Asheville, Battle of
One of the last Civil War actions, the Battle of Asheville was a five-hour standoff between Union and Confederate forces that occurred on the northern outskirts of the city during the afternoon and evening of 6 Apr. 1865. The site of Confederate recruitment camps and a rifle factory, Asheville had once aspired to be the "capital of the Confederacy" because of its geographic centrality. Yet it was spared in Federal raids from East Tennessee until the war's final month. Col. Isaac B. Kirby led 900 Union troops of the 101st Ohio Infantry from Greeneville, Tenn., into North Carolina, moving down the French Broad Valley with orders to "scout in the direction of Asheville, N.C." Along the way, Kirby's men burned bridges, stole horses, confiscated rations, and added Confederate deserters to their ranks. Only as they reached the Sondley and Woodfin farms within four or five miles of Asheville were local residents alerted to their approach.
Confederate colonel George Clayton, stationed in the city as an administrator of the state's Western District, mustered a force of 300 Confederates. Some were regular troops home on leave and the rest were Home Guardsmen. An additional 175 remaining members of Clayton’s 62nd North Carolina Infantry supplemented their forces. They moved out of the city with two small brass Napoleon cannons in time to encounter Kirby's forces on a field previously fortified with trenches and earthworks beside the French Broad River. When Kirby's force reached the Confederates, he quickly ordered his soldiers to a safe distance and behind trees. At about 3 P.M., the Confederates opened fire on the approaching Union soldiers, and for several hours, the forces shot at each other with little result. The intense fire led Kirby to order “the withdrawal of the brigade at 8 P.M." According to Kirby, the trenches and cannon fire seem to have led the Ohioans to assume that they faced a more formidable force than was actually the case. Kirby also received false reports listing 2,000 men and 20 cannons in Asheville, with reinforcements moving in from surrounding areas. Darkness and stormy weather led him to abandon further efforts to take Asheville; instead, he ordered his men to retreat. No one on either side was killed, and only two to four soldiers were wounded in the exchange. The retreat by Union forces provided a Confederate tactical victory.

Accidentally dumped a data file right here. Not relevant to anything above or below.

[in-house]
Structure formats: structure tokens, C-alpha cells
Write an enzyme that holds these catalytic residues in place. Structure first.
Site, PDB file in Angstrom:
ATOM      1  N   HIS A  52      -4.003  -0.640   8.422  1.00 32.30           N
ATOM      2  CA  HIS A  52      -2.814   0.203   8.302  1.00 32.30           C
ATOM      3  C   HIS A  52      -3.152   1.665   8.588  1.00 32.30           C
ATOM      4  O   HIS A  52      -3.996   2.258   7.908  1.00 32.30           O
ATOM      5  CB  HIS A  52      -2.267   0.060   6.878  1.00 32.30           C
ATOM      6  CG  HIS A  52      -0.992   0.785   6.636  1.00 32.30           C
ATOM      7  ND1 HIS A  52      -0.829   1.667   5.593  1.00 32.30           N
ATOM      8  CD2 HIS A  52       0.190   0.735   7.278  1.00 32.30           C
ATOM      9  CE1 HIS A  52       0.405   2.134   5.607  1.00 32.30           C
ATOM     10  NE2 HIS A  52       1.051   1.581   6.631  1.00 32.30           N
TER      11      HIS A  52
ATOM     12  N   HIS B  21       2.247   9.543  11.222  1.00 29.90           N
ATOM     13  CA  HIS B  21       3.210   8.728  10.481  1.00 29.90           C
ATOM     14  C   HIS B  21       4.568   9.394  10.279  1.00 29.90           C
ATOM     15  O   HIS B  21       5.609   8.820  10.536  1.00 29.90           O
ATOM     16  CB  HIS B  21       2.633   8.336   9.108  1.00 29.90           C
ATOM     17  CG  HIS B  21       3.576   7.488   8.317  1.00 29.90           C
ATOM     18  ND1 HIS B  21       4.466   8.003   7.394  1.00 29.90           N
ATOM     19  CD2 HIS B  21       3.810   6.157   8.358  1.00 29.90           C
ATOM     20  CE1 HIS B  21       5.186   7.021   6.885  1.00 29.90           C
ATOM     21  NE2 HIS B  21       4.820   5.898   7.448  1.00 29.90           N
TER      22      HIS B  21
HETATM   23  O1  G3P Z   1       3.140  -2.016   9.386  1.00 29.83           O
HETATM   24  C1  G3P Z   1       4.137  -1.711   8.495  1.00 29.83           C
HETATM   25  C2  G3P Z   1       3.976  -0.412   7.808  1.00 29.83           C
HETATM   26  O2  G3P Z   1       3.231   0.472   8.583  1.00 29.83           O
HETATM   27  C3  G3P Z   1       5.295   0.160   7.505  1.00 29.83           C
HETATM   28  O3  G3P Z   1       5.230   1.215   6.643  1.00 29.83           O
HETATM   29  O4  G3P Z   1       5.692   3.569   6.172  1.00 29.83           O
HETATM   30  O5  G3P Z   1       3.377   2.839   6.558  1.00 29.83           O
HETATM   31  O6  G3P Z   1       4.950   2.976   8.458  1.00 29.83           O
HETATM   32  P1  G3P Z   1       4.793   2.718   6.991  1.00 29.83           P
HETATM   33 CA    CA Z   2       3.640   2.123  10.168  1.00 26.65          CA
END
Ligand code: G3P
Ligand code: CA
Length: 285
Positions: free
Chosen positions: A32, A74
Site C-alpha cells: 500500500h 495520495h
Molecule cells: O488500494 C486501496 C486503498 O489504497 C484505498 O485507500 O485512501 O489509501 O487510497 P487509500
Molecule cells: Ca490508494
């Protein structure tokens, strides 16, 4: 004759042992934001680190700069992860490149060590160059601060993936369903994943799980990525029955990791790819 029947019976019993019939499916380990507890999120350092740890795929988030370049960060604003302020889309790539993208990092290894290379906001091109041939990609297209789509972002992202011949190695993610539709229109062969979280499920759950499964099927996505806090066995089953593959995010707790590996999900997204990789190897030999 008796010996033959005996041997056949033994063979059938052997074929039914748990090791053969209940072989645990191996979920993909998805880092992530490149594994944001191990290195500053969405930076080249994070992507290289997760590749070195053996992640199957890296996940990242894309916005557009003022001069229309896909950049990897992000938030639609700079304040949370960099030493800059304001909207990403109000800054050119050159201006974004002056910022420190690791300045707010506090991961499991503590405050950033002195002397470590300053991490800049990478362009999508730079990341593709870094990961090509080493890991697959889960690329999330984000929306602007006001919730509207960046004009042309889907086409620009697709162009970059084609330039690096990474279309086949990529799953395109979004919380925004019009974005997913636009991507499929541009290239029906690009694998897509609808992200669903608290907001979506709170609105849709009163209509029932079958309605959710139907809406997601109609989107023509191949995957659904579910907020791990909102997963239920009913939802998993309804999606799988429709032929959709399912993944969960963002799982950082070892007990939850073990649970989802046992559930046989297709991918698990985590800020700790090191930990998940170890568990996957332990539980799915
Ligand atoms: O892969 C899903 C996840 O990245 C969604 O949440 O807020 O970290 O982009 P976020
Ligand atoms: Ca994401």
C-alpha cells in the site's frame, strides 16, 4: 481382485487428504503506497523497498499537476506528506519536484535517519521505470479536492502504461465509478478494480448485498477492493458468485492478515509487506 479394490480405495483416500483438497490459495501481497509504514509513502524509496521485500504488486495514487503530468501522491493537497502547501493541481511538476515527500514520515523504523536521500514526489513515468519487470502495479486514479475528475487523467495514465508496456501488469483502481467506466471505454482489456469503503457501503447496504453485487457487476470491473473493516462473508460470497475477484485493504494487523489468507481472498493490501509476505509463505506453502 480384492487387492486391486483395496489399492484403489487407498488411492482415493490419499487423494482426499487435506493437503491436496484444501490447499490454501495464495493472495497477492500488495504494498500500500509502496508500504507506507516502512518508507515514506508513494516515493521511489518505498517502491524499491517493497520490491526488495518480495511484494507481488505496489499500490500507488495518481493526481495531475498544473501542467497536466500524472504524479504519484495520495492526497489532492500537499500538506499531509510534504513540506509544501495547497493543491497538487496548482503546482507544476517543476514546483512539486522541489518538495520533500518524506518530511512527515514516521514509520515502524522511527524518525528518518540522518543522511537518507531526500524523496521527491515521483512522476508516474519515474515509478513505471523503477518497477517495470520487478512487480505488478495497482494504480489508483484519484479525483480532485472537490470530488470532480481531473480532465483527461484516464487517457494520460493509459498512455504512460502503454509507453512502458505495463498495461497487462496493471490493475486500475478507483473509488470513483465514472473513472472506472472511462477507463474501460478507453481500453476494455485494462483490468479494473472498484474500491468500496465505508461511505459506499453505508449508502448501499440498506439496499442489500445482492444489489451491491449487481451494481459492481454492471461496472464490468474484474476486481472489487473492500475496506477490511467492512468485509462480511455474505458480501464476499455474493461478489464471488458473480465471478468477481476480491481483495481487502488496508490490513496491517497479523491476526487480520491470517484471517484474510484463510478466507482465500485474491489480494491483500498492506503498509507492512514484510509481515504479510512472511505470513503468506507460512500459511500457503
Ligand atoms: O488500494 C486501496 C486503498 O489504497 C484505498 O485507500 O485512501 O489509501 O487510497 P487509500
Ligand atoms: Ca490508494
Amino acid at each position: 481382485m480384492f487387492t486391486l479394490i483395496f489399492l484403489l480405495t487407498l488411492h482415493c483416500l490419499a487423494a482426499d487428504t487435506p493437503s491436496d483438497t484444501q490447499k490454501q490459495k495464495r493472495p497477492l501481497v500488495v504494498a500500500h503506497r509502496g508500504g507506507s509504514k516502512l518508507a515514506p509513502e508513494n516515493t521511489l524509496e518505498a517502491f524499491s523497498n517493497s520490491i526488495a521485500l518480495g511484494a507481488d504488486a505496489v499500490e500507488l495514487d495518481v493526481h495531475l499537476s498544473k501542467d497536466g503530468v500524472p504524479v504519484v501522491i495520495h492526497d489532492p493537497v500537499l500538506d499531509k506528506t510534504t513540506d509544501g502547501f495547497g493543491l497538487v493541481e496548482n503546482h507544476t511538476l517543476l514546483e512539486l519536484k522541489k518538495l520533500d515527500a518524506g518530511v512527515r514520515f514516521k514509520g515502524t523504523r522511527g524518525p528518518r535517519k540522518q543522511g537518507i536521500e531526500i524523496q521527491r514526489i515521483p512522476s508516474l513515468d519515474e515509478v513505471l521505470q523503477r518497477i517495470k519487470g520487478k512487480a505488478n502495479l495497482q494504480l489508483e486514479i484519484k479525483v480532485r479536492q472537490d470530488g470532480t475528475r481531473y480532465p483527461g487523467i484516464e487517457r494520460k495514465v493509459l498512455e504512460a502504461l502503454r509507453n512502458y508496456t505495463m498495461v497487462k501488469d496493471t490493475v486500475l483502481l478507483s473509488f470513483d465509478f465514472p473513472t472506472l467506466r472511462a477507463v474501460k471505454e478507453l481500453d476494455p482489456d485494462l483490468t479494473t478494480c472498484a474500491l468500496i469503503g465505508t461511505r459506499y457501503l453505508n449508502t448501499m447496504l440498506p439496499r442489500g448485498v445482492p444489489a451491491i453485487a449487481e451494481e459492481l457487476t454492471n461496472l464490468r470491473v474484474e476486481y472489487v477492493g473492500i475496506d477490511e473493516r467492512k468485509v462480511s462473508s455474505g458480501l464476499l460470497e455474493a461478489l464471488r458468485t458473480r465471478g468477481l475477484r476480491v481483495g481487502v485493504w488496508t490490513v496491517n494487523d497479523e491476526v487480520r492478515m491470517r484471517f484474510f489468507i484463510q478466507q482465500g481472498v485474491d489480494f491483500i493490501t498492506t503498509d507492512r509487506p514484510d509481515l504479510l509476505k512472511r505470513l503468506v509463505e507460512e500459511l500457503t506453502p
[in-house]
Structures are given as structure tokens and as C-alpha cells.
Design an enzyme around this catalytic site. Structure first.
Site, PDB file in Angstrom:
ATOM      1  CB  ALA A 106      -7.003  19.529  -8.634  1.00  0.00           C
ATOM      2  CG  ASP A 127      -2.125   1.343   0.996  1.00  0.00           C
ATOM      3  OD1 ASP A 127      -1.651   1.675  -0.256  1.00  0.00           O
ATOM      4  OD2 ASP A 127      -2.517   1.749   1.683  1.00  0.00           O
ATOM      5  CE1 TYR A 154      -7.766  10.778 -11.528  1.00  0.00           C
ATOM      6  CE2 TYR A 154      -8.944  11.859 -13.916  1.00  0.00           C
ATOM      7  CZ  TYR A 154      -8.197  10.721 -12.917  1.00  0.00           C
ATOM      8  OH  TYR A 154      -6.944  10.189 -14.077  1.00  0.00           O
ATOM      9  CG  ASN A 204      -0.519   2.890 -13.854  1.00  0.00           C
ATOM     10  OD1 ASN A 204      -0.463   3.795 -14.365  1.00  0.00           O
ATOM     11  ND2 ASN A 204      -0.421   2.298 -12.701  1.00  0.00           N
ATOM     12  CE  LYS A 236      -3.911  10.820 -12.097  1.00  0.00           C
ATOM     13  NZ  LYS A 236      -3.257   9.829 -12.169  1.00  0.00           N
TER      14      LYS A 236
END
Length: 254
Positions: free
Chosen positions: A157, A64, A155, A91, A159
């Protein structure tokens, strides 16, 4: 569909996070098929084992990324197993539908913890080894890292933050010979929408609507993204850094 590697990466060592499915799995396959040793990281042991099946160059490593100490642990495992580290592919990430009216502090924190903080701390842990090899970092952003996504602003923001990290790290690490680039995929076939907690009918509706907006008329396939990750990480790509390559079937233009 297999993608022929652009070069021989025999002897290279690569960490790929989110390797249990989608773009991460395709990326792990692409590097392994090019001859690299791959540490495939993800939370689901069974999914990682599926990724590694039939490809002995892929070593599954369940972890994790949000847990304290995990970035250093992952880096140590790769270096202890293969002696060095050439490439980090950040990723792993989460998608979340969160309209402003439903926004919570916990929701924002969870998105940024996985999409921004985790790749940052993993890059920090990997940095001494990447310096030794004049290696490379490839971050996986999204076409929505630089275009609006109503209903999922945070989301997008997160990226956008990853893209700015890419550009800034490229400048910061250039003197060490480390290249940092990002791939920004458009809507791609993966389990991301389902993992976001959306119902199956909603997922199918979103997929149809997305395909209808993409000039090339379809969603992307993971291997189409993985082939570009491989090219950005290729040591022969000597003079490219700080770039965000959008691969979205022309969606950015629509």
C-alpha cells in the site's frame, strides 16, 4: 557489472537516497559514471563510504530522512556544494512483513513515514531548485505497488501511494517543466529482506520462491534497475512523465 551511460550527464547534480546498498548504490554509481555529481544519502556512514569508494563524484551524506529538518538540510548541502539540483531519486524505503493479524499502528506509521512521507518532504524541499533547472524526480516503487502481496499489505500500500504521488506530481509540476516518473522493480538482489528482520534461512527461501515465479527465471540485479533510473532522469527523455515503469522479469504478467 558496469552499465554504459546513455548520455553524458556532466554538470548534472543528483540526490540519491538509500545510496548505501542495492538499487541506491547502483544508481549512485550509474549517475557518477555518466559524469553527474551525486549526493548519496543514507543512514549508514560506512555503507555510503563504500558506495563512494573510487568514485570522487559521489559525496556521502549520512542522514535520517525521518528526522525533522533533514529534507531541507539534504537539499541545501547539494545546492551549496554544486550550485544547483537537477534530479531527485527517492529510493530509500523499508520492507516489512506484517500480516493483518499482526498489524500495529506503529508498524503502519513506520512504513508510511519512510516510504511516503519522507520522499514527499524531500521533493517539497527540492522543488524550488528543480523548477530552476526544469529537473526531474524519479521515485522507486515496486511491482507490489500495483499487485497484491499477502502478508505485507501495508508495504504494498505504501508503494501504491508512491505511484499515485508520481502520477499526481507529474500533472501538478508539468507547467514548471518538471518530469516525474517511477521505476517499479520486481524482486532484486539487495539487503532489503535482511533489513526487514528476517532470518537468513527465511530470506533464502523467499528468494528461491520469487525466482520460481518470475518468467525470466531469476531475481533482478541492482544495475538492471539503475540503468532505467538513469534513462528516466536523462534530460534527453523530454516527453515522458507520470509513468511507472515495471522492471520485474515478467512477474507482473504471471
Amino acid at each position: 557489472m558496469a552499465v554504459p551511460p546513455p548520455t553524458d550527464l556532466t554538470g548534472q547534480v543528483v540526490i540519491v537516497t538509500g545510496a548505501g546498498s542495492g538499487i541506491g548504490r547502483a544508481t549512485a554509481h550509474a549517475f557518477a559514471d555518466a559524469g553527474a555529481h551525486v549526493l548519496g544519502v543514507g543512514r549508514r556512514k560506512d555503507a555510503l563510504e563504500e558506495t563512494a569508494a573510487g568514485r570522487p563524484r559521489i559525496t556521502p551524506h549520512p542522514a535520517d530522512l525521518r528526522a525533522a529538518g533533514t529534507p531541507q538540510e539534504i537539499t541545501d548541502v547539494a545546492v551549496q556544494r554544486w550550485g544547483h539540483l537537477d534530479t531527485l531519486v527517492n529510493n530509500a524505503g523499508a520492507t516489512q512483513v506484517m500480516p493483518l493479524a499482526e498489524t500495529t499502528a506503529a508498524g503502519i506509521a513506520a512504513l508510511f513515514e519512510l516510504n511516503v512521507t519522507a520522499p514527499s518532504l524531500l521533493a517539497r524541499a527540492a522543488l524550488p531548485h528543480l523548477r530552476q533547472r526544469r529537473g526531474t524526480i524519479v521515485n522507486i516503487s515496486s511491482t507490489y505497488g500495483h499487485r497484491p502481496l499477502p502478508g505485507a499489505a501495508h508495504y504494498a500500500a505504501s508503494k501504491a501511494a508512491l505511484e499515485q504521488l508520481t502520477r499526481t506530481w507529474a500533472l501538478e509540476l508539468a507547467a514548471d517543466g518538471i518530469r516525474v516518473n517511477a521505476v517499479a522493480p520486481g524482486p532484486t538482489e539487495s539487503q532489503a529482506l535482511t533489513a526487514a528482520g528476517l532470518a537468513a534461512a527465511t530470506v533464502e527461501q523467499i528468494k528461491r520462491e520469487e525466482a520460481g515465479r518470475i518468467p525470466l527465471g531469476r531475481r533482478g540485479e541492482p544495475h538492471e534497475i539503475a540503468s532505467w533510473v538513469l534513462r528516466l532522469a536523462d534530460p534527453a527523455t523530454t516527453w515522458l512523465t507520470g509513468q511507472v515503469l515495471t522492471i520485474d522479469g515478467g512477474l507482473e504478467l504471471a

The local victory proved short-lived. Two weeks later Maj. Gen. George H. Stoneman's cavalry raid, which moved through western North Carolina and Virginia in March and April, approached Asheville, moving west from Burke and McDowell Counties. Although no official word of Robert E. Lee's surrender at Appomattox had reached either Stoneman or local Confederates, both sides agreed on 24 April that Union forces would march unchallenged through Asheville en route back to Tennessee. But the same Federal troops returned to Asheville a day later, this time pillaging the town, burning the armory, and harassing both male and female residents.
John G. Barrett, The Civil War in North Carolina (1963).
F. A. Sondley, A History of Buncombe County, North Carolina, vol. 2 (1930).
"Battle of Asheville: American Civil War." Thomaslegion.net. Accessed April 18, 2023 at http://www.thomaslegion.net/battleofasheville.html.
"Battle of Asheville: Kirby's expedition." Civil War Trails, Inc., North Carolina Library for the Blind and Physically Handicapped. 2008. Accessed April 18, 2023 at https://digital.ncdcr.gov/documents?search=Battle%20of%20Asheville%3A%20Kirby's%20expedition&searchtypes=Metadata|Full%20text&applyState=true
Site of Battle of Asheville. Courtesy of NC Markers, North Carolina Office of Archives & History. Available from https://www.ncdcr.gov/about/history/division-historical-resources/nc-highway-historical-marker-program/Markers.aspx?MarkerId=PPP-1 (accessed May 16, 2012).
1 January 2006 | Inscoe, John C.